Trump’s team is also preparing for the possibility that witnesses will be called in the trial, despite McConnell’s hope to avoid it.
Other lawyers joining Trump’s trial team include Pam Bondi, the former Florida attorney general who has been a spokeswoman for the defence effort; Jane Serene Raskin, who defended Trump during the investigation by special counsel Robert Mueller; and Eric D. Herschmann, a partner at the law firm of another of Trump’s longtime lawyers, Marc E. Kasowitz.
The president has wanted media-savvy defenders who could play the same vocal role that Rudy Giuliani, his personal lawyer, did during the Russia investigation by Mueller. Dershowitz has been a media figure for years, and Starr was a contributor to Fox News until parting ways with the network because of his new role with Trump.
But none of the choices was without controversy, and Republicans on Friday voiced private reservations about some of the lawyers.
Dershowitz has faced questions about his representation of Epstein, a financier who killed himself in a New York City jail in August. Dershowitz helped negotiate Epstein’s lenient sentence on sex charges in 2008. Dershowitz has also been accused of engaging in sex with an underage girl he met through Epstein; he has denied the claim.
Starr, who helped Dershowitz on the Epstein defence in 2007, was forced from his job as president of Baylor University in 2016 amid accusations he did not respond to allegations of sexual assault made by women against members of the school’s football team.
An outside investigation rebuked the university leadership, saying it had “created a cultural perception that football was above the rules.” As he left the university presidency, Starr expressed “heartfelt contrition for the tragedy and sadness that has unfolded” and said he was “profoundly sorry” to victims who were not treated with the care and support they deserved.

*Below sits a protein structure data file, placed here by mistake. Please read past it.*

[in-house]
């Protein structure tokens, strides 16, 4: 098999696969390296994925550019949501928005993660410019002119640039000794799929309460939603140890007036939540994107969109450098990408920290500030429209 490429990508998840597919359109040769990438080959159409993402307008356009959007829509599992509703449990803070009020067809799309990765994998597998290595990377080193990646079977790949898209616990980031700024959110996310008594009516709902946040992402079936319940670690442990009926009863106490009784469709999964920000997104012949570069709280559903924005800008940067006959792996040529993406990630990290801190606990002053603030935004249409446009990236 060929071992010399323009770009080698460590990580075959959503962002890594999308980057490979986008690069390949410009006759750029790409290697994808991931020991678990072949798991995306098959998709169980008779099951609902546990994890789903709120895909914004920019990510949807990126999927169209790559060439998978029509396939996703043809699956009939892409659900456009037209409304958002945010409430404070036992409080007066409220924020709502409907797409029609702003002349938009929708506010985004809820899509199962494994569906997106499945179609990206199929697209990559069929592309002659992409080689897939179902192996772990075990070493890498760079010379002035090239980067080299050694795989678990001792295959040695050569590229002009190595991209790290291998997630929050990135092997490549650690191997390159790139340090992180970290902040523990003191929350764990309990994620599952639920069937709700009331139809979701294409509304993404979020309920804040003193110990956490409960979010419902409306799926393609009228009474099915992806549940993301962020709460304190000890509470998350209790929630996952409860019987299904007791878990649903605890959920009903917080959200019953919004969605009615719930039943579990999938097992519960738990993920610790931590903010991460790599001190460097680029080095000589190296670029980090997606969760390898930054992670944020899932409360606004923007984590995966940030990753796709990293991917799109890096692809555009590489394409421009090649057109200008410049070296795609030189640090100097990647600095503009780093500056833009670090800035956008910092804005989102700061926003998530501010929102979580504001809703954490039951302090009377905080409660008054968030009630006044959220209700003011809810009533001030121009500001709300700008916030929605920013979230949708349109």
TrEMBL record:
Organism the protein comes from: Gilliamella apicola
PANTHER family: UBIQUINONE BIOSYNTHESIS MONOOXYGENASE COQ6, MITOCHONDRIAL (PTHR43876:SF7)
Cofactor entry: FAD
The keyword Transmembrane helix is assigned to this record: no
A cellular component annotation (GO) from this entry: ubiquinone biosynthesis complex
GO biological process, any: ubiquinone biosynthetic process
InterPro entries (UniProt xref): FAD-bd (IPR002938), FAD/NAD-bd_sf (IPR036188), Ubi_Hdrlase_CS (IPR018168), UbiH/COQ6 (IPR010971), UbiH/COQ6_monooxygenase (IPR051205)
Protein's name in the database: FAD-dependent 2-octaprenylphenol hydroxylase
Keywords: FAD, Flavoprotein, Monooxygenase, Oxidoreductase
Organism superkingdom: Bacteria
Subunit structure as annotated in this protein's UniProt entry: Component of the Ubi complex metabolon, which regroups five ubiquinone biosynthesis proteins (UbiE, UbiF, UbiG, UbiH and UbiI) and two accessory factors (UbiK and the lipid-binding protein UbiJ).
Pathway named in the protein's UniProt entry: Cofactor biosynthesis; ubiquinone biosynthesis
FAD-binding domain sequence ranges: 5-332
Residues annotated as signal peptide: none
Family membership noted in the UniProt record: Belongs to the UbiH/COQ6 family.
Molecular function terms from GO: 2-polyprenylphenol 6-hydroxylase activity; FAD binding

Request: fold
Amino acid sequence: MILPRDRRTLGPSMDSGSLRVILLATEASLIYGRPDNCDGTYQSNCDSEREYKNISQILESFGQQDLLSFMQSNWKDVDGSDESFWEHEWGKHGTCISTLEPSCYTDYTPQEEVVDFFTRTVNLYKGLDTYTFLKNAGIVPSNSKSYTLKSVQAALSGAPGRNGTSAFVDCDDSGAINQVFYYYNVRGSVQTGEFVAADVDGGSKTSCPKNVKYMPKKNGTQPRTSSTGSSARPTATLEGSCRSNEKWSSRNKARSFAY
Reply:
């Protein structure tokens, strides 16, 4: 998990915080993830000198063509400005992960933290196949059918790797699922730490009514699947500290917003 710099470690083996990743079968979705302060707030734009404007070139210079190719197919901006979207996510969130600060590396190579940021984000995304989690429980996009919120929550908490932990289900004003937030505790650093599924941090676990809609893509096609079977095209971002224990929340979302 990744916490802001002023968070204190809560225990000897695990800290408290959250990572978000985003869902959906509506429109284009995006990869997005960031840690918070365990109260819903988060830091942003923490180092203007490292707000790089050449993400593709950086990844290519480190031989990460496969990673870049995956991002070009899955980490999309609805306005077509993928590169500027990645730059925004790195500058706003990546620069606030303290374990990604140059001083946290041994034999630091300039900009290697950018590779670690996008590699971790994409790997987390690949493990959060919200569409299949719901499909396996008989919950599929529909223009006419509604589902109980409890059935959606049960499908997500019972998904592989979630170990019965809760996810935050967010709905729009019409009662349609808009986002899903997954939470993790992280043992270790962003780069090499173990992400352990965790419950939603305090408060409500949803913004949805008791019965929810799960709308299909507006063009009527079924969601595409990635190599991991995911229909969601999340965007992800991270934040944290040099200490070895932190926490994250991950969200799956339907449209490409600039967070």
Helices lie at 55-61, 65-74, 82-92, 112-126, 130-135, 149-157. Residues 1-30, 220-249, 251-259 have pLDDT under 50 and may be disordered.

As for Ray, he turned himself into New York authorities in 2006 in response to a misdemeanour charge of stalking a woman he had previously been dating. Police said he sent emails and visited the woman against her wishes after she broke off their relationship. A law enforcement official said the case was sealed, suggesting it was most likely dismissed. Ray declined to comment.
Trump himself has previously questioned Starr’s zealous pursuit of Clinton. In 1999, after the House voted to impeach the president largely along party lines, Trump told interviewers that Starr was a “wacko” and a “lunatic.” But more recently, he is said to have enjoyed watching him on television. Starr declined to comment Friday.
Trump faces two articles of impeachment accusing him of abusing his office by pressuring Ukraine to announce investigations of his Democratic rivals and obstructing Congress by refusing to provide documents or permit testimony during the House inquiry.
During his television appearances, Starr has argued that the articles of impeachment passed by the House largely along party lines were “woefully inadequate” to justify removing a president from office. He has contrasted that with his investigation into Clinton, where the president was accused of felonies for trying to cover up his affair with Monica Lewinsky, a one-time White House intern, during a sexual harassment lawsuit.
In a brief telephone interview, Dershowitz said he expected his sole role to be arguing on behalf of Trump before the Senate next Friday, making points he had made in writing and on television.
He said that he “worried about the precedent” set by the two articles of impeachment, which he described as “too vague and open-ended,” and absent “high crimes and misdemeanours.”
The statement announcing his appointment described Dershowitz as “non-partisan when it comes to the Constitution,” having opposed the impeachment of Clinton and voted for Hillary Clinton. “He is participating in this impeachment trial to defend the integrity of the Constitution and to prevent the creation of a dangerous constitutional precedent,” the statement said.
The return of Starr to the impeachment stage was a head-spinning development for many veterans of the battle two decades ago. Lewinsky expressed her disbelief on Twitter on Friday, writing, “this is definitely an ‘are you kidding me?’ kinda day” with an expletive before the word “kidding.”